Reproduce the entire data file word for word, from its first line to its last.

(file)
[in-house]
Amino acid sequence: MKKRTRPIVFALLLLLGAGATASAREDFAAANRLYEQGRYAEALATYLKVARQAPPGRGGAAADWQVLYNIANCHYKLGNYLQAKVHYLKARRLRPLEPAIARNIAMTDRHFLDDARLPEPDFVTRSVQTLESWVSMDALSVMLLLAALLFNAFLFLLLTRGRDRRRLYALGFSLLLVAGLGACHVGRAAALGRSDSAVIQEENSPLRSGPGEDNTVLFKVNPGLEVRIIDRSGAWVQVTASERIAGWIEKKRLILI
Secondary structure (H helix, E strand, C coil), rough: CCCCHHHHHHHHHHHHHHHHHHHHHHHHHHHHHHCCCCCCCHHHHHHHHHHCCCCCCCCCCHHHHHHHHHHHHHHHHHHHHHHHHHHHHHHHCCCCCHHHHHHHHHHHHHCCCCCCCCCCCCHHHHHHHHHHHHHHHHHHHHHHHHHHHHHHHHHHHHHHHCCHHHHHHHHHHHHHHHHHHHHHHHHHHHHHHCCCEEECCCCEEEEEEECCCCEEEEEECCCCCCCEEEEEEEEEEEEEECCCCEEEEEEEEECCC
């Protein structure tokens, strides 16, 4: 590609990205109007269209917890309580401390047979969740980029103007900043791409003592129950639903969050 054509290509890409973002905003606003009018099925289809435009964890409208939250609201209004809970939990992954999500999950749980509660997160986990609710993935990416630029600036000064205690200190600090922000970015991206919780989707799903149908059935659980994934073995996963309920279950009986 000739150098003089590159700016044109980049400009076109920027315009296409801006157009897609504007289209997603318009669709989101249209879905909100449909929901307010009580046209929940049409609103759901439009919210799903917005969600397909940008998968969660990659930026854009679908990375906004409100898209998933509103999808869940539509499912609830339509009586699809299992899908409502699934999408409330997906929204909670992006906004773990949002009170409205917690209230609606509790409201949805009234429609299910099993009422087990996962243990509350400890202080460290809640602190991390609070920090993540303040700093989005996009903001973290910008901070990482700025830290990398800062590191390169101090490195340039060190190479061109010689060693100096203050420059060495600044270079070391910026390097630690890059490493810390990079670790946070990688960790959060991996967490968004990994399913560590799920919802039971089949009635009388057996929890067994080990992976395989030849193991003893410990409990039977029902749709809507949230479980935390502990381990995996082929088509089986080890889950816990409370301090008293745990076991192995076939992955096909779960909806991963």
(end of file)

[in-house]
Amino acid sequence: MKKRTRPIVFALLLLLGAGATASAREDFAAANRLYEQGRYAEALATYLKVARQAPPGRGGAAADWQVLYNIANCHYKLGNYLQAKVHYLKARRLRPLEPAIARNIAMTDRHFLDDARLPEPDFVTRSVQTLESWVSMDALSVMLLLAALLFNAFLFLLLTRGRDRRRLYALGFSLLLVAGLGACHVGRAAALGRSDSAVIQEENSPLRSGPGEDNTVLFKVNPGLEVRIIDRSGAWVQVTASERIAGWIEKKRLILI
Secondary structure (H helix, E strand, C coil), rough: CCCCHHHHHHHHHHHHHHHHHHHHHHHHHHHHHHCCCCCCCHHHHHHHHHHCCCCCCCCCCHHHHHHHHHHHHHHHHHHHHHHHHHHHHHHHCCCCCHHHHHHHHHHHHHCCCCCCCCCCCCHHHHHHHHHHHHHHHHHHHHHHHHHHHHHHHHHHHHHHHCCHHHHHHHHHHHHHHHHHHHHHHHHHHHHHHCCCEEECCCCEEEEEEECCCCEEEEEECCCCCCCEEEEEEEEEEEEEECCCCEEEEEEEEECCC
């Protein structure tokens, strides 16, 4: 590609990205109007269209917890309580401390047979969740980029103007900043791409003592129950639903969050 054509290509890409973002905003606003009018099925289809435009964890409208939250609201209004809970939990992954999500999950749980509660997160986990609710993935990416630029600036000064205690200190600090922000970015991206919780989707799903149908059935659980994934073995996963309920279950009986 000739150098003089590159700016044109980049400009076109920027315009296409801006157009897609504007289209997603318009669709989101249209879905909100449909929901307010009580046209929940049409609103759901439009919210799903917005969600397909940008998968969660990659930026854009679908990375906004409100898209998933509103999808869940539509499912609830339509009586699809299992899908409502699934999408409330997906929204909670992006906004773990949002009170409205917690209230609606509790409201949805009234429609299910099993009422087990996962243990509350400890202080460290809640602190991390609070920090993540303040700093989005996009903001973290910008901070990482700025830290990398800062590191390169101090490195340039060190190479061109010689060693100096203050420059060495600044270079070391910026390097630690890059490493810390990079670790946070990688960790959060991996967490968004990994399913560590799920919802039971089949009635009388057996929890067994080990992976395989030849193991003893410990409990039977029902749709809507949230479980935390502990381990995996082929088509089986080890889950816990409370301090008293745990076991192995076939992955096909779960909806991963």